While the Coliseum in Rome is covered with snow, residents in Ahmedabad’s city center will be experiencing 90° Fahrenheit (32° Celsius) temperatures this weekend. I am currently in Ahmedabad, meeting with our partners from the Public Health Foundation of India (PHFI) to plan for the fast- approaching extreme heat season, when temperatures can spike to 122° Fahrenheit (50° Celsius). We are working with our on-the-ground partners, PHFI and the Indian Institute of Public Health Gandhinagar (IIPH), and local officials to protect local communities from the harmful health effects of extreme heat by implementing strategies to improve preparedness for the Ahmedabad’s increasing heat.
Our newly-released factsheet, Fighting Climate Effects: Protecting People from extreme Heat in One of India’s Fastest-Growing Cities, discusses our project’s goal to promote improved health by implementing interventions to help reduce heat-related health vulnerabilities, designing an early warning system for dangerous heat events, and developing targeted climate change adaptation strategies. The factsheet highlights the recommendations developed to address extreme heat vulnerability, progress that has been made to date and ongoing work to develop an early warning system and a climate change preparedness plan for Ahmedabad.
The factsheet provides recommendations developed by expert scientists, government administrators and health officials at a 2011 kick-off workshop held by PHFI, IIPH, and NRDC to address heat-health vulnerability, including:
- Researching impacts of heat stress, community resources, and existing heat-coping measures through in-depth discussions with four groups: vulnerable people living in slums, workers in high-risk occupations, city department staff, and health care providers; and then analyzing data on local temperatures and corresponding deaths.
- Identifying the most vulnerable populations in Ahmedabad through surveys assessing current heat awareness and susceptibility, and distributing an informational pamphlet on reducing extreme heat’s health risks to families with young children and the elderly.
- Developing an actionable early warning system in Ahmedabad and integrating it into a local climate change preparedness plan to warn the population of impending extreme heat events.
- Targeting heat-risk-reduction outreach to the most heat vulnerable groups, including young children, elders, people with heart or lung illnesses, families living in poverty, and workers in high-risk occupations.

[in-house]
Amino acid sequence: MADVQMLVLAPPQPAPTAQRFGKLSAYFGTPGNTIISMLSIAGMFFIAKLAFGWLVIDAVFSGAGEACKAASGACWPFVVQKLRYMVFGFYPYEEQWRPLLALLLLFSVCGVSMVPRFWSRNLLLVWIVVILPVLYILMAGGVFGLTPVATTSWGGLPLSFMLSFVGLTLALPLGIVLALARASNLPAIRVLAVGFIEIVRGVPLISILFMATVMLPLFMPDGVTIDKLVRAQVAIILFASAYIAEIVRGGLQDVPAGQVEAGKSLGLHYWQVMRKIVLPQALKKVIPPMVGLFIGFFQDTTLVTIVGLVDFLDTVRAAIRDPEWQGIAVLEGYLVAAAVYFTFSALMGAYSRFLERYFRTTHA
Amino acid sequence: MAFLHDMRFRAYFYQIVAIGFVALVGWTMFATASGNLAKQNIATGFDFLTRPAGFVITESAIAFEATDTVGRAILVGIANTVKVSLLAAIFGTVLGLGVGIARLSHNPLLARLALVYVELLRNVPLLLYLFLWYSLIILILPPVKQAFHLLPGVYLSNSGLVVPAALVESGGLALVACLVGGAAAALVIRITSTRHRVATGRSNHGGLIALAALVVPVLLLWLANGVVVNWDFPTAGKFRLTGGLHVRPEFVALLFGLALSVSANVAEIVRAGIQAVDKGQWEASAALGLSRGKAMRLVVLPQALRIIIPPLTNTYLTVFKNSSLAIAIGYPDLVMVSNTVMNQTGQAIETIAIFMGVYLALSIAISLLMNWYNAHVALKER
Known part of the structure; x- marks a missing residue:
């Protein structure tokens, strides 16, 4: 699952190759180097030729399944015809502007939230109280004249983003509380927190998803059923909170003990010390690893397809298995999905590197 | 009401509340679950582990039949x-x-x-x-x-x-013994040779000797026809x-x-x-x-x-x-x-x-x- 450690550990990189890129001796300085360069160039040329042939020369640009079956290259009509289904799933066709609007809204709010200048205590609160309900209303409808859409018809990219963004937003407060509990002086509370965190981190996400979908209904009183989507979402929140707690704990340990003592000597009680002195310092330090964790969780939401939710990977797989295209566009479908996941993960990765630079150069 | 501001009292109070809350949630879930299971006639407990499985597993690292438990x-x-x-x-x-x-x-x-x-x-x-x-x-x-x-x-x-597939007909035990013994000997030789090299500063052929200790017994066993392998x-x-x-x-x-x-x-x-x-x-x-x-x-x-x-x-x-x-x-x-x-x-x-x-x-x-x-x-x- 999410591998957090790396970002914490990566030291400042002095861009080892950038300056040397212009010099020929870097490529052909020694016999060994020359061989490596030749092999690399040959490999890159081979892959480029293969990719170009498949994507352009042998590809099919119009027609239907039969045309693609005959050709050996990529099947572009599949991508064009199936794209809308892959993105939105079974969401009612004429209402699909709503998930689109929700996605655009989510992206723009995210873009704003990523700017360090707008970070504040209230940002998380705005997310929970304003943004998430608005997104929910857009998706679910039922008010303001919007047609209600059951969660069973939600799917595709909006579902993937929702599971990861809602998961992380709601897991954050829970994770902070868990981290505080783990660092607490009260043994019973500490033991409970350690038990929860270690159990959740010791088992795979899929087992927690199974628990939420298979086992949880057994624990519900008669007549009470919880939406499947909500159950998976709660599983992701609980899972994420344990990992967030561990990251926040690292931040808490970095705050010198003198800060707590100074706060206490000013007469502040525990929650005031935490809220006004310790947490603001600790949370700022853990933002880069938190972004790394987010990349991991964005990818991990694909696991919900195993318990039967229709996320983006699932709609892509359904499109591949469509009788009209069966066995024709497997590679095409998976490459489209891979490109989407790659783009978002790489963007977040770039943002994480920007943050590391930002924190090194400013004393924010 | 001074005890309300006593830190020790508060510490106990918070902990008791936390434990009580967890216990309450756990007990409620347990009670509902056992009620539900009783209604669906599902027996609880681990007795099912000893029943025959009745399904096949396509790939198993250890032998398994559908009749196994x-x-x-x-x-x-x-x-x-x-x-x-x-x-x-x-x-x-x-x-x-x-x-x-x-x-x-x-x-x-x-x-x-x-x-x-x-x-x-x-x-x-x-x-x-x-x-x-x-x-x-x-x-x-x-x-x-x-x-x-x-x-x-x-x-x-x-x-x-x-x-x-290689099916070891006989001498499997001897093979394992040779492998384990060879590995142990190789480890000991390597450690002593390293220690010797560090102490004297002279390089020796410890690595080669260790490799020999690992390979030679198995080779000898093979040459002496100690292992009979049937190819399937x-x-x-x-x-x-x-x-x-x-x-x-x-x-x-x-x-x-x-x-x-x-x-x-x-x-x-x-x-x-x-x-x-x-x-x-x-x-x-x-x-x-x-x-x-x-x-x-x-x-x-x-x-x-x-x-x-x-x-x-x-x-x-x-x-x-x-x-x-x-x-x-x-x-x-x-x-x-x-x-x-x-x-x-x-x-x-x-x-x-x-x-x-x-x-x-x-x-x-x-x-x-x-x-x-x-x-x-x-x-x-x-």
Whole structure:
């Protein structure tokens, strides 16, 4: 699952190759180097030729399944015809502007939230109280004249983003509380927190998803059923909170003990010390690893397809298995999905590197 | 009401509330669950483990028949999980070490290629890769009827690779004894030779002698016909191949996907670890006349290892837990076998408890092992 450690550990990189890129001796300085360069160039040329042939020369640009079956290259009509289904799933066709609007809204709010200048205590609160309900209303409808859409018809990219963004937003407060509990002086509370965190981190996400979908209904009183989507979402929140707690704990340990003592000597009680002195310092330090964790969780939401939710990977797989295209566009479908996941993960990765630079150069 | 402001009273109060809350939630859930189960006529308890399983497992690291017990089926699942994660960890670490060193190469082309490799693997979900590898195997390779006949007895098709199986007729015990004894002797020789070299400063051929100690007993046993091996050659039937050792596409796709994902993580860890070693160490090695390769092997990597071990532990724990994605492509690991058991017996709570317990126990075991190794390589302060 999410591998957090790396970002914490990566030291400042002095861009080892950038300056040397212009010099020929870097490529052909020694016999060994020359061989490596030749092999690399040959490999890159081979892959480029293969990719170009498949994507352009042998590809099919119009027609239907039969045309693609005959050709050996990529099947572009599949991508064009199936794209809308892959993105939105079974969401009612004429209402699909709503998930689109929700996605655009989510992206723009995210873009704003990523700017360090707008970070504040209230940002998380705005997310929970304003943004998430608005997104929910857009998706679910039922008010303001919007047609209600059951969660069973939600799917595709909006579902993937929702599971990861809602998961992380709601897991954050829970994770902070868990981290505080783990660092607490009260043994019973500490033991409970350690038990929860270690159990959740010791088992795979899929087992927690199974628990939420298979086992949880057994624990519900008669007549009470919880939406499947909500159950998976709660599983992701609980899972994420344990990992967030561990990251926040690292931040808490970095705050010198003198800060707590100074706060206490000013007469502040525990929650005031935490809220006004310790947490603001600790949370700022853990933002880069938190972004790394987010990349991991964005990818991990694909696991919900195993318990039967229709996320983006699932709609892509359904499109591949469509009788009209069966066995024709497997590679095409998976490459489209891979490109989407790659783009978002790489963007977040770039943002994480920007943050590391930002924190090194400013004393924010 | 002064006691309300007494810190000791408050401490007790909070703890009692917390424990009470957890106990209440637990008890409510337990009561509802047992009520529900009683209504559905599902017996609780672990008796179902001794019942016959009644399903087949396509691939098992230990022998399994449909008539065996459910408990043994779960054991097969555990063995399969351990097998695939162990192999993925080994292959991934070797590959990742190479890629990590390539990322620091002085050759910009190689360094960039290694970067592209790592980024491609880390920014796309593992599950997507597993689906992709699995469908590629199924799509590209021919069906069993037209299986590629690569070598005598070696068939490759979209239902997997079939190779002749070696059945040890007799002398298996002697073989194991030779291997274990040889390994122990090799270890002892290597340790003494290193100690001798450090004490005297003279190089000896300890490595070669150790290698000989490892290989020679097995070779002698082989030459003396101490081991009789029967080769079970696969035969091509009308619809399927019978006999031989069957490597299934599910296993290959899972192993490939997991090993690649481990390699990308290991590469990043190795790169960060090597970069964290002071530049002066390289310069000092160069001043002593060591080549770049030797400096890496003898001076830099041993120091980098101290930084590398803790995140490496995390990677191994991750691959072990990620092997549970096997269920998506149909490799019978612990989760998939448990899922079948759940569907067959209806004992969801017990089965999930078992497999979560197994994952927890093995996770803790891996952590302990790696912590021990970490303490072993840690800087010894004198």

- Conducting best-practices workshops with Ahmedabad city departments, medical providers, workers in high risk occupations, and community leaders to implement extreme heat strategies, build local capacity, and improve internal information sharing and communication.
Following those workshop discussions, NRDC and our partners collaborated with Emory University’s School of Public Health in the summer of 2011 to conduct Ahmedabad’s first heat vulnerability assessment survey. The in-depth survey assessed 12 slums on household member health history, heat-exposure adaptation, heat-stress knowledge, and access to resources.
As a result of PHFI, IIPH, and NRDC’s communication with the Ahmedabad Municipal Corporation (AMC), Ahmedabad officials are now developing a climate change state action plan, and specifically, accelerating efforts to protect communities from extreme heat. Also, local officials announced plans to install 10 weather gauges to examine historical weather trends, determine high-risk areas, and warn local communities about impending heat waves.Looking Ahead
In 2012, we will continue to support the development of an early warning system and a climate change preparedness plan for Ahmedabad. NRDC, PHFI, IIPH and local partners will hold a heat sensitization workshop and focus group for medical providers in Ahmedabad in March 2012. The subsequent focus group will allow participants to share experiences to date and discuss concrete heat adaptation protocols to implement. This ongoing research and intensive outreach regarding the importance of heat adaptation has the potential to save lives from the increasingly severe effects of climate change.
Co-authored by Meredith Connolly, NRDC Energy Law & Policy Fellow